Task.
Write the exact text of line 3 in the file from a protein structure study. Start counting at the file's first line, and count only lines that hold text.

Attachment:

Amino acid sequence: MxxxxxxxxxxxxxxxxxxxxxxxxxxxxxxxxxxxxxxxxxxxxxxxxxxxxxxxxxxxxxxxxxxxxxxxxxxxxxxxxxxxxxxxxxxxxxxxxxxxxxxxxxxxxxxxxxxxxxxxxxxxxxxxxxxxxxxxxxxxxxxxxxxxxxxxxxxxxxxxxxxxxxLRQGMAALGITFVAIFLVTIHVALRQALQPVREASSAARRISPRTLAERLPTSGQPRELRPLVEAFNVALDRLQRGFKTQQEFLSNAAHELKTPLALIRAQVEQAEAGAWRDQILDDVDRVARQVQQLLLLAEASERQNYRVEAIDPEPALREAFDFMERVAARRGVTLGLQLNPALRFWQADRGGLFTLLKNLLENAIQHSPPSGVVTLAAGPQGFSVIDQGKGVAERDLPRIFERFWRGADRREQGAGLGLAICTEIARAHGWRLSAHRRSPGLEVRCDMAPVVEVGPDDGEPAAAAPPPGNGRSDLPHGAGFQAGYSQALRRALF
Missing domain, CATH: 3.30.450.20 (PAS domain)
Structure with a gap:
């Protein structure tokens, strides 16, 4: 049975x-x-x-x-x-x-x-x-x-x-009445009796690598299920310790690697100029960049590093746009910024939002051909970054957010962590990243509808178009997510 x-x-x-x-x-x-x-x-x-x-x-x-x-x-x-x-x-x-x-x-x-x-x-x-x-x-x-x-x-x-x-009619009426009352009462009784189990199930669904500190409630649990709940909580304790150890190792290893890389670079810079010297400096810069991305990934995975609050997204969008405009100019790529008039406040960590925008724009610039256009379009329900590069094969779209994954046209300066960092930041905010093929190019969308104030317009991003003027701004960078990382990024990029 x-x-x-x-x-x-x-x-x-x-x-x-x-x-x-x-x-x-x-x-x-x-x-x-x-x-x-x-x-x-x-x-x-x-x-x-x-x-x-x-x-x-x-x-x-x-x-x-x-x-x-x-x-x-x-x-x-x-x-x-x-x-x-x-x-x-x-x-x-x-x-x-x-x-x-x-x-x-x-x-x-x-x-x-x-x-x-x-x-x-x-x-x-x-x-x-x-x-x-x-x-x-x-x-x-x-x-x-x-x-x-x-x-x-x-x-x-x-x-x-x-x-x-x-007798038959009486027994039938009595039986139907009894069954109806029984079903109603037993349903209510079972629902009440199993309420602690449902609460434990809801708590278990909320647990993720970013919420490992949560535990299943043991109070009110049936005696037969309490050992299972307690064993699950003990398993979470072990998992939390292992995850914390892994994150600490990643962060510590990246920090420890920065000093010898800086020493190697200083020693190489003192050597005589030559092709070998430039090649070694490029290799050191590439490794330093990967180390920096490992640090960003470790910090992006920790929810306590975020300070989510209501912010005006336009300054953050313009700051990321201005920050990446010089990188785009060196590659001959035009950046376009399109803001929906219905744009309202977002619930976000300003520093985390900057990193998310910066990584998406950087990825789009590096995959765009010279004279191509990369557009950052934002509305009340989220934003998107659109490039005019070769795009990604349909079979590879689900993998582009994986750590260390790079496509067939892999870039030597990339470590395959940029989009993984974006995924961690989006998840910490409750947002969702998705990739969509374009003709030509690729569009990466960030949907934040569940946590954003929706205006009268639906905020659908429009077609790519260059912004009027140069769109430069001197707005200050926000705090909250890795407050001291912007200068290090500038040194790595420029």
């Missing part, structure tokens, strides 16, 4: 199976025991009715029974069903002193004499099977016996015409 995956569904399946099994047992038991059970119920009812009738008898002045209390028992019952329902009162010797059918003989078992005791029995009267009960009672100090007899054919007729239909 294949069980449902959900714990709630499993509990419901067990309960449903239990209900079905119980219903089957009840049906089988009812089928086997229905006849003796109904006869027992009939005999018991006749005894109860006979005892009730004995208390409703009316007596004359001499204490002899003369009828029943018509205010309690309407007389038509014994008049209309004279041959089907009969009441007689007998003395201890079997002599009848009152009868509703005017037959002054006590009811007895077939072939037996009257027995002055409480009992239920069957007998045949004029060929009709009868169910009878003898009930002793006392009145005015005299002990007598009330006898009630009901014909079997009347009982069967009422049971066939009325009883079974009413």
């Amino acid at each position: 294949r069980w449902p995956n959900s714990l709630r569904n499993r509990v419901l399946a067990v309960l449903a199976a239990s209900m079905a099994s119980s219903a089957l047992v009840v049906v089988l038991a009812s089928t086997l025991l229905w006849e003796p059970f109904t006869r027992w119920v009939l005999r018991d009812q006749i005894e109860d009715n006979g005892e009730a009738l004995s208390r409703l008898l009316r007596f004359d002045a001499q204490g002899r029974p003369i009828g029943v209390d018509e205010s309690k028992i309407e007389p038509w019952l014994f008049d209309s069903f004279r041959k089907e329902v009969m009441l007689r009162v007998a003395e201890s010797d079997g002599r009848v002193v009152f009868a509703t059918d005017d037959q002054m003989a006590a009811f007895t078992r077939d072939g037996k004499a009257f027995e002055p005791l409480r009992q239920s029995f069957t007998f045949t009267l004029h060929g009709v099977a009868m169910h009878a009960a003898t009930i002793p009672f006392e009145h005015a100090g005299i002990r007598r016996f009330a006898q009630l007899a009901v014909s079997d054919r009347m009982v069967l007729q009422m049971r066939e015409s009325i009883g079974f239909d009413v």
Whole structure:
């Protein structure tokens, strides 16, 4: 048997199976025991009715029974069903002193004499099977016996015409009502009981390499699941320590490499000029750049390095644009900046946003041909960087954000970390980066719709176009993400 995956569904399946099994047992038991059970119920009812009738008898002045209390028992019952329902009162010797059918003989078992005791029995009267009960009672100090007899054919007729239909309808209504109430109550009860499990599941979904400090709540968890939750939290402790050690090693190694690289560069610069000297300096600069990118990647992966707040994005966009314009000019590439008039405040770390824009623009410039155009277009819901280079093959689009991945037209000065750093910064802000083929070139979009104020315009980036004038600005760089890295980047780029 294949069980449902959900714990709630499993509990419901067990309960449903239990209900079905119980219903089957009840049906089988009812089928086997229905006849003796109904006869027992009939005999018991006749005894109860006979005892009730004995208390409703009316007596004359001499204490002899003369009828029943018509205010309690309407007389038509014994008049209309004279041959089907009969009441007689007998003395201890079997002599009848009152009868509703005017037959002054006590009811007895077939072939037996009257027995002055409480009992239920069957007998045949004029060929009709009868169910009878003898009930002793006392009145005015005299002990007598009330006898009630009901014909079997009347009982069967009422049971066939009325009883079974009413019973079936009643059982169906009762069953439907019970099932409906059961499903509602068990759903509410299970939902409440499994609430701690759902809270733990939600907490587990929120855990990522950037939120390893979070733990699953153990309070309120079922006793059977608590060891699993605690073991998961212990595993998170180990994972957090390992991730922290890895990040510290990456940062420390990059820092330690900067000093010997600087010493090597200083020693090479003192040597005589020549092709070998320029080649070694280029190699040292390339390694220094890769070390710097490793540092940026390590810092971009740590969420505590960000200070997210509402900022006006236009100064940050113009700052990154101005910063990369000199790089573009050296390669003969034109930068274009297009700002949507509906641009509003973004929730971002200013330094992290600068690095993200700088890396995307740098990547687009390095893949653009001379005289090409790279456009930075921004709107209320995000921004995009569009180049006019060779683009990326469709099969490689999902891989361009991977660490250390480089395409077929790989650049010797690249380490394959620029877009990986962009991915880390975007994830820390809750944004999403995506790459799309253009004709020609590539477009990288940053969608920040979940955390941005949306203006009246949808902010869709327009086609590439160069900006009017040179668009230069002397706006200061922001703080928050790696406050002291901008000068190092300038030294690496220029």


Structure with a gap: